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Impacts of tropical selective logging on carbon storage and tree species richness: a meta-analysis

Martin, Philip A.; Newton, Adrian C.; Pfeifer, Marion; Khoo, MinSheng; Bullock, James M.. 2015 Impacts of tropical selective logging on carbon storage and tree species richness: a meta-analysis. Forest Ecology and Management, 356. 224-233. 10.1016/j.foreco.2015.07.010

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Abstract/Summary

Over 400 million hectares of tropical forest are currently designated as logging concessions. This practice is an important source of timber, but there are concerns about its long-term sustainability and impacts on biodiversity and carbon storage. However, logging impacts vary widely, making generalisation and, consequently, policy implementation, difficult. Recent syntheses of animal biodiversity have indicated that differences in logging intensity – the volume of wood removed ha−1 – might help to explain some of these disparities. In addition, it has widely been assumed that reduced impact logging (RIL) might minimise some of the negative effects of logging; though in practice, this has rarely been tested. To test the hypothesis that RIL reduces negative impacts of selective logging once intensity is controlled for, we used meta-analyses of selective logging impact studies, focusing specifically on (1) residual tree damage, (2) aboveground biomass and (3) tree species richness. Our results indicate that RIL appears to reduce residual tree damage when compared to conventional methods. However, changes in aboveground biomass were negatively related to logging intensity. Any effect of RIL, independent of logging intensity, was difficult to discern since it was carried out at relatively low intensities. Tree richness appeared to increase at low intensities but decreased at higher intensities and any effect of RIL was difficult to detect. Our results tentatively support the hypothesis that RIL reduces the negative impacts of logging on tree damage, but do not support suggestions that RIL reduces loss of aboveground biomass or tree species richness. However, this lack of support may be a result of the relative paucity of data on the topic. Based on our results, we suggest that better evidence is needed to assess the differences between the impacts of RIL and conventional logging. Studies that consider plot-level differences in logging intensity are required to fill this knowledge gap. In addition, there must be clarification of whether RIL is an inherently low intensity practice so that this can be factored into management.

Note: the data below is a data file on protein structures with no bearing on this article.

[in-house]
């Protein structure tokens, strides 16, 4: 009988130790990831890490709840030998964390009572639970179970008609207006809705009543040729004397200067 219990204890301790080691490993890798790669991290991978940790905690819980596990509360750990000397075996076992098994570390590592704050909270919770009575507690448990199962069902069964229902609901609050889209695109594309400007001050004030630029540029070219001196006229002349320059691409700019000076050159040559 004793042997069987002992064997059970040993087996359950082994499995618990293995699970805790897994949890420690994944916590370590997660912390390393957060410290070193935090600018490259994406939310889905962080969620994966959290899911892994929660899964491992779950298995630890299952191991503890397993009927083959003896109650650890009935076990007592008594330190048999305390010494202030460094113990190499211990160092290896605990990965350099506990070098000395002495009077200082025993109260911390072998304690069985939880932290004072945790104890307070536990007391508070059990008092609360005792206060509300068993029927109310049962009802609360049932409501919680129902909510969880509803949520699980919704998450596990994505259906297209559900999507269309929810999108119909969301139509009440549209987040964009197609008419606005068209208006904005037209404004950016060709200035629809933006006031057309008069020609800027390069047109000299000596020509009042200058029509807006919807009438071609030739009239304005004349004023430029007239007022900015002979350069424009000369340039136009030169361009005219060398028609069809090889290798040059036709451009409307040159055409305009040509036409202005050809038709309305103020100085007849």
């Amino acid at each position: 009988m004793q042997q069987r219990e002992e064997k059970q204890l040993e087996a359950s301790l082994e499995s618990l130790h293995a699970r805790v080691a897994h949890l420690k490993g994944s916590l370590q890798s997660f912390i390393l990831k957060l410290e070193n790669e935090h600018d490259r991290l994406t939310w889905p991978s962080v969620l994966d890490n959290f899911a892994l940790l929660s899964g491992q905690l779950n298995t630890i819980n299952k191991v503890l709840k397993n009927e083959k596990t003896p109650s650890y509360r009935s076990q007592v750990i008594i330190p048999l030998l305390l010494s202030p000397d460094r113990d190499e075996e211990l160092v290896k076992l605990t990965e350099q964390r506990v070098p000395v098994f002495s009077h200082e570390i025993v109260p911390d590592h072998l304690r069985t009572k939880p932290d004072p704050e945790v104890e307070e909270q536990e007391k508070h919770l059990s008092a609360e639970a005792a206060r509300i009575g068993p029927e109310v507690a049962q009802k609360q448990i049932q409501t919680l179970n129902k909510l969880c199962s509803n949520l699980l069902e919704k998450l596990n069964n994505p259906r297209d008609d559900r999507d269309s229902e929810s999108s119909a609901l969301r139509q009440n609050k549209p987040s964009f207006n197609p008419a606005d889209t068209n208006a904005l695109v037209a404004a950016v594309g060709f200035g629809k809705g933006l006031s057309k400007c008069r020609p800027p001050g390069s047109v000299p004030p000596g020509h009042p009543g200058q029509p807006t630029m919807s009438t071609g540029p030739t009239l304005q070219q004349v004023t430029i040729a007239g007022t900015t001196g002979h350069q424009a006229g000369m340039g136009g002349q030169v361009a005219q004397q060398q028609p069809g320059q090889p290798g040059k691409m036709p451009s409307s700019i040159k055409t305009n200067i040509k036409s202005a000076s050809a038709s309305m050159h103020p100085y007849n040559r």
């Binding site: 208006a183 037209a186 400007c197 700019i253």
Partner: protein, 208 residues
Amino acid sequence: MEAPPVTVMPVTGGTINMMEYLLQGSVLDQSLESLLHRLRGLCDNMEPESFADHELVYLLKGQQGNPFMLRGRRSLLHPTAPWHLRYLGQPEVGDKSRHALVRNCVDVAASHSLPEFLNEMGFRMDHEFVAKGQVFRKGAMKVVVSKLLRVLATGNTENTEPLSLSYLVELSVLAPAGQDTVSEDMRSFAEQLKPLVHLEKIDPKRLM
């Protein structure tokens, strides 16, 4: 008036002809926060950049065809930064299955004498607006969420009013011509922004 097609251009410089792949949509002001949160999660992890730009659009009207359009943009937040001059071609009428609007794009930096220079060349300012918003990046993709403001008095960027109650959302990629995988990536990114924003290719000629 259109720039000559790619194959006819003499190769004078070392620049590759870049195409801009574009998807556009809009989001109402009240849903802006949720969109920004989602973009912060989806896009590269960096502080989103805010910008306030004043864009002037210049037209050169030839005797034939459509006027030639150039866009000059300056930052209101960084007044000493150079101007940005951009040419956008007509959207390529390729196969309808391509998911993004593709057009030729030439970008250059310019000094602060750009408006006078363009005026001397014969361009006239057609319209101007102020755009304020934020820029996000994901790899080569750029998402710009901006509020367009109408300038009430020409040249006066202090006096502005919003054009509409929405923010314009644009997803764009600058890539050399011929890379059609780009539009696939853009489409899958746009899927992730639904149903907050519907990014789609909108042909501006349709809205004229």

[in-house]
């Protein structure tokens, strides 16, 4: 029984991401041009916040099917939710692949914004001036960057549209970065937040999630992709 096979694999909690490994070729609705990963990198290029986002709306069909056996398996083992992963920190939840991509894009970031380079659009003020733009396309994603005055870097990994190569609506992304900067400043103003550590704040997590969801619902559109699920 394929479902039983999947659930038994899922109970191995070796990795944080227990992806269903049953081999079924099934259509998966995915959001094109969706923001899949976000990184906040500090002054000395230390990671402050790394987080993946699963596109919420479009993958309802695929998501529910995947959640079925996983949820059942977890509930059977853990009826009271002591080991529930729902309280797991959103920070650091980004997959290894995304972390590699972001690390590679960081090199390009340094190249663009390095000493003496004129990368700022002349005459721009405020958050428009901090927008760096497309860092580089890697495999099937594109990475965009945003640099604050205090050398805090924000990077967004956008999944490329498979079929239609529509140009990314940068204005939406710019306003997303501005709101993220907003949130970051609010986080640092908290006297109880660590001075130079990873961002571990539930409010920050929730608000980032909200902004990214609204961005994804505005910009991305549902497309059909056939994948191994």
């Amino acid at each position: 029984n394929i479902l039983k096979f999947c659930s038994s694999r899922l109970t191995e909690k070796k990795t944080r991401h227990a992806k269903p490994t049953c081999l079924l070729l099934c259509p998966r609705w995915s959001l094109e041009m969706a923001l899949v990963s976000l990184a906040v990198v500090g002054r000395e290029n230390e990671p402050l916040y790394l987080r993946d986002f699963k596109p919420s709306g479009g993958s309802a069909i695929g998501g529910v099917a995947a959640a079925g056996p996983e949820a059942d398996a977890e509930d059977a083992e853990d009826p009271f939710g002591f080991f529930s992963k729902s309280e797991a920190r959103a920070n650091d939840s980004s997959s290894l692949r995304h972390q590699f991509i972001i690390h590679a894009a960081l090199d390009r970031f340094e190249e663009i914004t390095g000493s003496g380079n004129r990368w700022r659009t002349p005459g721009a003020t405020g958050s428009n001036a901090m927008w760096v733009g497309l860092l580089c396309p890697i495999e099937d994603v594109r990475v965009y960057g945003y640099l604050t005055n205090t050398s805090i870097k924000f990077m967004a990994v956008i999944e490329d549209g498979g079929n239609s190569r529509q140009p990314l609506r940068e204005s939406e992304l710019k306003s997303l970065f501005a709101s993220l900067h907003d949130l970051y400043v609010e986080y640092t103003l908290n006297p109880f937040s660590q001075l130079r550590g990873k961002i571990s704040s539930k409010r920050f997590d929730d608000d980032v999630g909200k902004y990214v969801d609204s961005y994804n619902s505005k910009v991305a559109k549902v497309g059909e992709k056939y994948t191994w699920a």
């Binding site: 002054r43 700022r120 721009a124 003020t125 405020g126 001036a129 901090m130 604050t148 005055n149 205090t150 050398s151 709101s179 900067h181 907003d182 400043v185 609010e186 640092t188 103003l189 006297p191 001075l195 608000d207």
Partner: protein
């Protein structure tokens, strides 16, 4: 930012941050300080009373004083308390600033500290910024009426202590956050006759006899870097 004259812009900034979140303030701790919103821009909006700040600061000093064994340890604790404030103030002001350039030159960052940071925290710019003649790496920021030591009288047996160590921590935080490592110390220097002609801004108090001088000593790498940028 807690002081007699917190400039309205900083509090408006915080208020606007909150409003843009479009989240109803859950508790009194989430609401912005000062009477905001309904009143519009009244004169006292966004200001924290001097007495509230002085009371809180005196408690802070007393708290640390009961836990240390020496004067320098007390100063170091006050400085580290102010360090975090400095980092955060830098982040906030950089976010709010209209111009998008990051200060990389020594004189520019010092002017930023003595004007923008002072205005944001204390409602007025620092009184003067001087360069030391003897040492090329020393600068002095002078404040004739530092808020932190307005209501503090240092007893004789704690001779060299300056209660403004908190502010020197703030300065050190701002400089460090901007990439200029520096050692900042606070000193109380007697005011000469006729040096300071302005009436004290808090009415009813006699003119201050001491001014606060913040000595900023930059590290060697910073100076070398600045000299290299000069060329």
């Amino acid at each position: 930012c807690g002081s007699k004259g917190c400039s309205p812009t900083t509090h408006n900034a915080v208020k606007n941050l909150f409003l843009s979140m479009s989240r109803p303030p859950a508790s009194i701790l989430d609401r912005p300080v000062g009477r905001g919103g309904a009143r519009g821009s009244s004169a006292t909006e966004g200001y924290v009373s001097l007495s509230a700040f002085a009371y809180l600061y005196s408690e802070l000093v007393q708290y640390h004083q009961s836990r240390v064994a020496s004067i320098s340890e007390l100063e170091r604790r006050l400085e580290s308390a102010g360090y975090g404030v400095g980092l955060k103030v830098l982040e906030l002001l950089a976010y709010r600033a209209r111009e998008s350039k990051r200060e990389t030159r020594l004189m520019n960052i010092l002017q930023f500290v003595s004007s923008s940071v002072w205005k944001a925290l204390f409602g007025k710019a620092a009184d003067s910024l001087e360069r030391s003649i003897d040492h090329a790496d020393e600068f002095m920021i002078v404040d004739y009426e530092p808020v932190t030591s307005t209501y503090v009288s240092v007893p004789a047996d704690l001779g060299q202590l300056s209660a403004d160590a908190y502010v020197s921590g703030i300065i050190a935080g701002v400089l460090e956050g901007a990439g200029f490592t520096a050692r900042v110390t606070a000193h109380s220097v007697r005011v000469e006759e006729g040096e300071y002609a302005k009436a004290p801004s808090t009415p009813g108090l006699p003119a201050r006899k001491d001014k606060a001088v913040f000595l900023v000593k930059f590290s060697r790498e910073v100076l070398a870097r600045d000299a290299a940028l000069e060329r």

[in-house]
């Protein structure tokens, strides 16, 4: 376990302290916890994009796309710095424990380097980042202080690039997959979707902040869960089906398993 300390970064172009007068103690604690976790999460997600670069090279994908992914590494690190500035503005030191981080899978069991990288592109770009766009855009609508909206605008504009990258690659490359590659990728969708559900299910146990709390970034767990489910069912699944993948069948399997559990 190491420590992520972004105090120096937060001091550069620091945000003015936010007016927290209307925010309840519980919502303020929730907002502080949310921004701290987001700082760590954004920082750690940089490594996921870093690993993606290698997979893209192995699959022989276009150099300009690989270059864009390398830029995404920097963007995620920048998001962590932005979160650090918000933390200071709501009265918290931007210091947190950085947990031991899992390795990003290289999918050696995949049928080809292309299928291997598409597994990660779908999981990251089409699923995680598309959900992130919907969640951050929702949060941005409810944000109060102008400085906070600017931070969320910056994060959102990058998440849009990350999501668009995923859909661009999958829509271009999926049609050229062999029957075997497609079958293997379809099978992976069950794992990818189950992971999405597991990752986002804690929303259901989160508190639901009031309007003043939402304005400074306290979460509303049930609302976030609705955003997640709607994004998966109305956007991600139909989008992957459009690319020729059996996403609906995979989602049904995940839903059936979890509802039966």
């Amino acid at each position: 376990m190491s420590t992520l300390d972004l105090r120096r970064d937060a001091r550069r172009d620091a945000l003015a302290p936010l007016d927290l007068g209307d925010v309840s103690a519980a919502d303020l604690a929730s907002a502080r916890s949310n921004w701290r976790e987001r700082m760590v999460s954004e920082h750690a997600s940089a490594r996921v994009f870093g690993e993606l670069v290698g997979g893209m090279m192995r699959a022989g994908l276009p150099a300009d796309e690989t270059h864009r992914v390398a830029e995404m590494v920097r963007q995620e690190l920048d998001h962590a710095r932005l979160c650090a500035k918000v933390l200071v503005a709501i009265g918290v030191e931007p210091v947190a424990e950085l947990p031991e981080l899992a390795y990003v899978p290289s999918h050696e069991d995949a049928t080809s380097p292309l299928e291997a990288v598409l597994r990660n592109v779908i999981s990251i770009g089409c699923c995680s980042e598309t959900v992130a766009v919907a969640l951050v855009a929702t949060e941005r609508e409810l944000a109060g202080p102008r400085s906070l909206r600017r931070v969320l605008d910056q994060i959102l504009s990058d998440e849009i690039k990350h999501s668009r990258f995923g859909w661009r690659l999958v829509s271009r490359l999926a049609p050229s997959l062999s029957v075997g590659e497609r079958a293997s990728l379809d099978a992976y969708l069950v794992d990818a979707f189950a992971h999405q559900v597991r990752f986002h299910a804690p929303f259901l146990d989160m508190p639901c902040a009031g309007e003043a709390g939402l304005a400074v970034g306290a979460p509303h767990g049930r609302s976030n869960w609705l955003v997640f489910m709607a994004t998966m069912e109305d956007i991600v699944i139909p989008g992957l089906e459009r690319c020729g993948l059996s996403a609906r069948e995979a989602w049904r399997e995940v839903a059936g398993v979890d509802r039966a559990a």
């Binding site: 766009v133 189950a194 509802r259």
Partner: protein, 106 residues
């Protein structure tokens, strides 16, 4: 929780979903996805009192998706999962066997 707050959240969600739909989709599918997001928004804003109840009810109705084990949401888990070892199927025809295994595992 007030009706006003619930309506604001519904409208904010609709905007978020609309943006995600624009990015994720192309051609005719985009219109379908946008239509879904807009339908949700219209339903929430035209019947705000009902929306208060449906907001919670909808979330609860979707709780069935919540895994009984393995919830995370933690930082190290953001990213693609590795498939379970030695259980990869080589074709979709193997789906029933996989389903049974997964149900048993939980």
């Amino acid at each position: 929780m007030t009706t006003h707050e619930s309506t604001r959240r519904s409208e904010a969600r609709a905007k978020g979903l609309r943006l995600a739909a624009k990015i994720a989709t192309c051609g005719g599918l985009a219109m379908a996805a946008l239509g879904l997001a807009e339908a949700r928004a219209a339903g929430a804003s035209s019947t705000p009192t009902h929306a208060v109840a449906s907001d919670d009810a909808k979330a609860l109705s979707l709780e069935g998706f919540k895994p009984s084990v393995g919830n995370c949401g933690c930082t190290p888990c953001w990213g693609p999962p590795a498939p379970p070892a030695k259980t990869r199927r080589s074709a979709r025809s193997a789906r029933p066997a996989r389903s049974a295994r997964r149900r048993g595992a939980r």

Item Type: Publication - Article
Digital Object Identifier (DOI): 10.1016/j.foreco.2015.07.010
CEH Sections: Pywell
ISSN: 0378-1127
Additional Keywords: deforestation, degradation, land-use, REDD+, RIL, selective logging, biomass
NORA Subject Terms: Ecology and Environment
Date made live: 08 Feb 2016 11:03 +0 (UTC)
URI: http://nora.nerc.ac.uk/id/eprint/512887

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